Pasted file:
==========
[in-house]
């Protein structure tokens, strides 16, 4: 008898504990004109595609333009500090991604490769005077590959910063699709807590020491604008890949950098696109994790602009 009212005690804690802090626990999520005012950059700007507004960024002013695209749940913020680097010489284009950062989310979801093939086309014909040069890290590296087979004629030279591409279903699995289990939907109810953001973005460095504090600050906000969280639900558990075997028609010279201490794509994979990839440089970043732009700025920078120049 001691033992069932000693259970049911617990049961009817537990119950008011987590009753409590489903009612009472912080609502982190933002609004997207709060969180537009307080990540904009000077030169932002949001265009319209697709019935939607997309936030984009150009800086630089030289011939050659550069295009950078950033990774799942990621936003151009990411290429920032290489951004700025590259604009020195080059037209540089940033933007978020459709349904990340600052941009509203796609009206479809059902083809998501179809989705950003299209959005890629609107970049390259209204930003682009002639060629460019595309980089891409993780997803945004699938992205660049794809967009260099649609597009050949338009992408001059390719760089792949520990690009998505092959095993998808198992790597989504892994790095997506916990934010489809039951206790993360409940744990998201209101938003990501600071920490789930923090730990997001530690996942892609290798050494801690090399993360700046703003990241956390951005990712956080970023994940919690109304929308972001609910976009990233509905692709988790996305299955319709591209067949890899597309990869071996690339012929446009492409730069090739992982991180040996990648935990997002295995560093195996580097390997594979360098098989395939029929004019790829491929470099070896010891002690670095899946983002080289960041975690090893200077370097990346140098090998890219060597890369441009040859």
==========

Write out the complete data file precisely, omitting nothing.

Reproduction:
[in-house]
């Protein structure tokens, strides 16, 4: 008898504990004109595609333009500090991604490769005077590959910063699709807590020491604008890949950098696109994790602009 009212005690804690802090626990999520005012950059700007507004960024002013695209749940913020680097010489284009950062989310979801093939086309014909040069890290590296087979004629030279591409279903699995289990939907109810953001973005460095504090600050906000969280639900558990075997028609010279201490794509994979990839440089970043732009700025920078120049 001691033992069932000693259970049911617990049961009817537990119950008011987590009753409590489903009612009472912080609502982190933002609004997207709060969180537009307080990540904009000077030169932002949001265009319209697709019935939607997309936030984009150009800086630089030289011939050659550069295009950078950033990774799942990621936003151009990411290429920032290489951004700025590259604009020195080059037209540089940033933007978020459709349904990340600052941009509203796609009206479809059902083809998501179809989705950003299209959005890629609107970049390259209204930003682009002639060629460019595309980089891409993780997803945004699938992205660049794809967009260099649609597009050949338009992408001059390719760089792949520990690009998505092959095993998808198992790597989504892994790095997506916990934010489809039951206790993360409940744990998201209101938003990501600071920490789930923090730990997001530690996942892609290798050494801690090399993360700046703003990241956390951005990712956080970023994940919690109304929308972001609910976009990233509905692709988790996305299955319709591209067949890899597309990869071996690339012929446009492409730069090739992982991180040996990648935990997002295995560093195996580097390997594979360098098989395939029929004019790829491929470099070896010891002690670095899946983002080289960041975690090893200077370097990346140098090998890219060597890369441009040859």